x9: Style and Gender
Mapping the First Chapter of A Room of One’s Own
But in order to make some amends I am going to do what I can to show you how I arrived at this opinion about the room and the money. (Woolf 4)
¶1 (pp. 2–4)
- Subject: What is it about?
- Slant: What does Woolf have to say about the topic? What’s her perspective?
- Method: How does she develop her “train of thought”?
- Tone: What stance does she take toward her readers?
Wren Library, Trinity College, Cambridge
In pairs: Please draft a couple of sentence in which you address the above questions in relation to the passage you’ve been assigned. Also, try to situate the passage you’re working with in the context of the chapter. How does it pick up on what has been said right before it and how does it lead into what follows? Please email the sentences to me.
- ¶ 2–4 (pp. 5–8): Becca & Lia
- ¶5 (pp. 8–10): Rebecca & Anna
- ¶6–8 (pp. 10–13): Avery & Shannon
- ¶9–11 (pp. 13–17): Alex & Kate
- ¶12 (pp.17–20): Deb, Ben, & John
- ¶13–14 (pp. 20–24): Whole class
Newnham College, Cambridge
- Wed, 4/04, class: Finish Woolf
- Wed, 4/04, class: Subject (text) and slant for e2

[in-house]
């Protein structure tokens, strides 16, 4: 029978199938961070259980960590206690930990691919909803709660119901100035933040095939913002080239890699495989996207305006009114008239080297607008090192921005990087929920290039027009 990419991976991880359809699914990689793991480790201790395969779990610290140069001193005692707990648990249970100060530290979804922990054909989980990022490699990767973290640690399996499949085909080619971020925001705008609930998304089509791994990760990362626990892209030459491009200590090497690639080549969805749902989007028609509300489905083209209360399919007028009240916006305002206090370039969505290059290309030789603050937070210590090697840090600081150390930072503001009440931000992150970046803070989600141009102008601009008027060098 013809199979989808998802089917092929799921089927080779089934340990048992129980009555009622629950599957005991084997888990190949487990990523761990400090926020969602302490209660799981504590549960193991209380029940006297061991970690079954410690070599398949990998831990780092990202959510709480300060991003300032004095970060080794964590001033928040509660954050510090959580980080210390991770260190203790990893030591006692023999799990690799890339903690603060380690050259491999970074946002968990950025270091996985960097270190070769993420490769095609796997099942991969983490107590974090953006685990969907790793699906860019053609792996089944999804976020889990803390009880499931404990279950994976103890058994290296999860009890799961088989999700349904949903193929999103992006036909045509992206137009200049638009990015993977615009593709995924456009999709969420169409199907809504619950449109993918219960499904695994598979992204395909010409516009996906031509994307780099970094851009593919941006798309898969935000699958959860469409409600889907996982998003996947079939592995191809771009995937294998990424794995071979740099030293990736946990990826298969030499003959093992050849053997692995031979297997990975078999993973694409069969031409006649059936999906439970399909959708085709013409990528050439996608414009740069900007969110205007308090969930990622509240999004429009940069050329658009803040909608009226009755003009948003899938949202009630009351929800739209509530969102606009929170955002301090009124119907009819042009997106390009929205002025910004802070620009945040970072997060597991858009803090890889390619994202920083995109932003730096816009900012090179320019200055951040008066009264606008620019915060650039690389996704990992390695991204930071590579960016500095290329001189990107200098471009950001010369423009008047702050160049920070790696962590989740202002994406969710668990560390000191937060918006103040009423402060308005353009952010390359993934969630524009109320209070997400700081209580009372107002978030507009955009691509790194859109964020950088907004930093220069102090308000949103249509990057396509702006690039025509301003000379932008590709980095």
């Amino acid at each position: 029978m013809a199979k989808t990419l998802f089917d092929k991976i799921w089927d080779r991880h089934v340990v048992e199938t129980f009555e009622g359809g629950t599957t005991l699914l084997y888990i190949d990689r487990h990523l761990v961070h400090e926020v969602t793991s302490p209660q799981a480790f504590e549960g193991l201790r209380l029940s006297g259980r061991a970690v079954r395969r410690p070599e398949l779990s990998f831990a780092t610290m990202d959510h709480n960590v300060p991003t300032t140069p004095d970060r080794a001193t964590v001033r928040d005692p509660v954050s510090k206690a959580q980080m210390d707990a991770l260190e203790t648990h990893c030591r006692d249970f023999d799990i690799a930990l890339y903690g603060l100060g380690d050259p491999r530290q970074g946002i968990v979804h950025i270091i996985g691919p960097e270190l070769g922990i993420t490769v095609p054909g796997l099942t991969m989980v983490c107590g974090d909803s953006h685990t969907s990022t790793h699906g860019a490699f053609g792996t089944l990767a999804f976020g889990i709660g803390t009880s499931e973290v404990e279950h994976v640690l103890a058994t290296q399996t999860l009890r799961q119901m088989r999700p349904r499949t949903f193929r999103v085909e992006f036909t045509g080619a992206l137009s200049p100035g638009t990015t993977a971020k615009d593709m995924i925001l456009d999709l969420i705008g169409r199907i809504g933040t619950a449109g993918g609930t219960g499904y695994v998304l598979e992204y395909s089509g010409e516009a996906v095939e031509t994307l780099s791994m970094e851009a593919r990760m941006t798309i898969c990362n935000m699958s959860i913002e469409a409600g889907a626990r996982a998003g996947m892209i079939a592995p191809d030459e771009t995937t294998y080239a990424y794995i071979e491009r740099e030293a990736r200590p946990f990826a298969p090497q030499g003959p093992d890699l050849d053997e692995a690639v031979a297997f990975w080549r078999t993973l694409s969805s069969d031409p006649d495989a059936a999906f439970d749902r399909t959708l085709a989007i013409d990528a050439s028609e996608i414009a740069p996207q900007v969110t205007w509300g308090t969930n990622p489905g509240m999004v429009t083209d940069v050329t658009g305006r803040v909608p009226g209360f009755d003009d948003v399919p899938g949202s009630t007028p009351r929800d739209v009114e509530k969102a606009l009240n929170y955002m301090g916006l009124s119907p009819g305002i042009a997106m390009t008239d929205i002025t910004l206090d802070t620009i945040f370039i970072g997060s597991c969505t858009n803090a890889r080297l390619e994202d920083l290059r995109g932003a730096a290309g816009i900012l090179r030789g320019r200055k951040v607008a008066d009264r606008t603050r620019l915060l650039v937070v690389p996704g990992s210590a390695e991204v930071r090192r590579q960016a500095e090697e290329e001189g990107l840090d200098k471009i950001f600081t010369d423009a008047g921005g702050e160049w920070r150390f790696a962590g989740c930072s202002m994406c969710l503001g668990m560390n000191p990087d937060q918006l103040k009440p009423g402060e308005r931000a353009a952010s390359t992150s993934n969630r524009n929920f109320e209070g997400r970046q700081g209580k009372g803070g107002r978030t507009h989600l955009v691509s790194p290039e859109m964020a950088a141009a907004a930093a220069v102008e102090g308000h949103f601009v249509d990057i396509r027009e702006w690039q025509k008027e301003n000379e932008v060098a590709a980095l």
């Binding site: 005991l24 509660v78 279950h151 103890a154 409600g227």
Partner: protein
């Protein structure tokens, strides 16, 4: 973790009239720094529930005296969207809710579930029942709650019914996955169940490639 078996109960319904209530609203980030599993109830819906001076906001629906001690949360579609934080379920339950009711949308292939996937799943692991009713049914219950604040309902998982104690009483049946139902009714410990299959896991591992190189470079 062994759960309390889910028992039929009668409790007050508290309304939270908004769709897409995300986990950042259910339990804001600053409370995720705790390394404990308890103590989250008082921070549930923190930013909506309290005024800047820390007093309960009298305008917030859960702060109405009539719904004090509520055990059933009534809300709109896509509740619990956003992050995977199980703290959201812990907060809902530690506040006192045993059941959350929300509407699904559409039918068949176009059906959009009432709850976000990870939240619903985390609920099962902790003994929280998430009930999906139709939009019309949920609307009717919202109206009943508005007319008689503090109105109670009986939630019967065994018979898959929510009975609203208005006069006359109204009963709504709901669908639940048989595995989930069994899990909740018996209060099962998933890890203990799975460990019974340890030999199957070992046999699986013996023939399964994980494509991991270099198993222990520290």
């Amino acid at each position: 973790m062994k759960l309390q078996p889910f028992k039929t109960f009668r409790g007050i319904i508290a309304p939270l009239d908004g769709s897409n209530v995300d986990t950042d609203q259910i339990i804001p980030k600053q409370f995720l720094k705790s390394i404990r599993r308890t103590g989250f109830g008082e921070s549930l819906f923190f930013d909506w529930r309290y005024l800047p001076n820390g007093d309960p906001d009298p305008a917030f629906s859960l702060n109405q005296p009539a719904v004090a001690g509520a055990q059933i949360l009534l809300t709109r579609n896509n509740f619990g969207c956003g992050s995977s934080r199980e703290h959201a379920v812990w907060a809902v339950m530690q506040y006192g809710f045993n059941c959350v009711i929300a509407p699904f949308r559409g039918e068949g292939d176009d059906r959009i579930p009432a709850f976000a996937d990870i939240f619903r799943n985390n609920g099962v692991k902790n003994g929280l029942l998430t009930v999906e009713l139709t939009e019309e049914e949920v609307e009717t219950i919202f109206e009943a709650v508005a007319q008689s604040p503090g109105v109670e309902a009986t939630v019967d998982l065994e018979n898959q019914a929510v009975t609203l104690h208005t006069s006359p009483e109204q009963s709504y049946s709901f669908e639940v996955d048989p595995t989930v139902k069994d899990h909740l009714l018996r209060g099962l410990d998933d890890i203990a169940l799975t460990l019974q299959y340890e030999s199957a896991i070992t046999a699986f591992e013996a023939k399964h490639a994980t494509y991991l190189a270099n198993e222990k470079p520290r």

- Friday, 4/06, 9:00 am: Post x9 to Dropbox
Virginia Woolf’s A Room of One’s Own has often been read as a call for a new sort of women’s writing, a new feminist mode of argument. And yet there seem some problems with looking at A Room this way. First, Woolf insists throughout her essay that she has no real “conclusion” to offer about women and writing, that at best she can offer an “opinion about one minor point”—and that point seems to have as much to do with money as gender (4). Second, when she does finally turn directly to the question of how the gender of a writer might affect her work, Woolf seems to advocate something she calls an “androgynous” or “man-womanly” style (98-104). And, third, even if she does at points hint at an interest in “the development by the average woman of a prose style completely expressive of her mind” (95), Woolf offers no rules or advice for how to achieve such a style.
At the same time I find it hard to escape the sense that this is a book that talks about writing in ways that feel different from Strunk and White, or Orwell, or Fish. I’d thus like you to write a brief essay in which you try to pin down this difference in tone, in emphasis. I’d also like you to come to some (perhaps tentative) conclusion about whether this difference has anything to do with gender. In doing so, I encourage you to consider not only what Woolf has to say, but how she structures her sentences and chapters. Might it be argued that in A Room Woolf enacts a different sort of writing?
Or perhaps not. You might feel that Woolf doesn’t offer a view of style that differs much from those of the men we’ve read so far. If so, draw the connections between them. Whatever stance you take, your task will be to add to what we have had to say about prose style so far by noting what changes when the person whose views on the subject we are discussing is, for the first time this semester, a woman.
Please post your essay to Dropbox by 9:00 am on Fri, 4/06.